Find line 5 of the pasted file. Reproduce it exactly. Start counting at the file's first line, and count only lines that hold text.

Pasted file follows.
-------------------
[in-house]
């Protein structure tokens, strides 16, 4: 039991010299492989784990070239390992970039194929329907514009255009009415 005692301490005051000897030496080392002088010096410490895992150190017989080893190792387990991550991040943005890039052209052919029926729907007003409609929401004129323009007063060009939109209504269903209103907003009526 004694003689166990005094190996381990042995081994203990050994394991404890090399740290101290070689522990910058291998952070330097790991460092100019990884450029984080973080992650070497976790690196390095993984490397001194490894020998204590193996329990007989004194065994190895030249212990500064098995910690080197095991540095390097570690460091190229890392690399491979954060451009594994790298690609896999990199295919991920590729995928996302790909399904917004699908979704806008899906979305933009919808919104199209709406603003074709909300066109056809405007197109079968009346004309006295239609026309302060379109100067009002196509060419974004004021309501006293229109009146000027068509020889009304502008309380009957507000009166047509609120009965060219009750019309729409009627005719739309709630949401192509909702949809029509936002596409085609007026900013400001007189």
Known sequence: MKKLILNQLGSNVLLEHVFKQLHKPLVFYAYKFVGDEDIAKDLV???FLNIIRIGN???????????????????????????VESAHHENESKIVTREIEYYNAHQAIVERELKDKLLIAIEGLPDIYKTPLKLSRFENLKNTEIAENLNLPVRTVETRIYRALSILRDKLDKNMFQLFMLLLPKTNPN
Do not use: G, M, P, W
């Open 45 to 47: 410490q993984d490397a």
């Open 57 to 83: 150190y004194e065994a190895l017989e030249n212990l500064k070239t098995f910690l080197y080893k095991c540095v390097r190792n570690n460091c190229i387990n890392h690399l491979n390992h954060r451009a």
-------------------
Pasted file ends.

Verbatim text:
């Open 45 to 47: 410490q993984d490397a």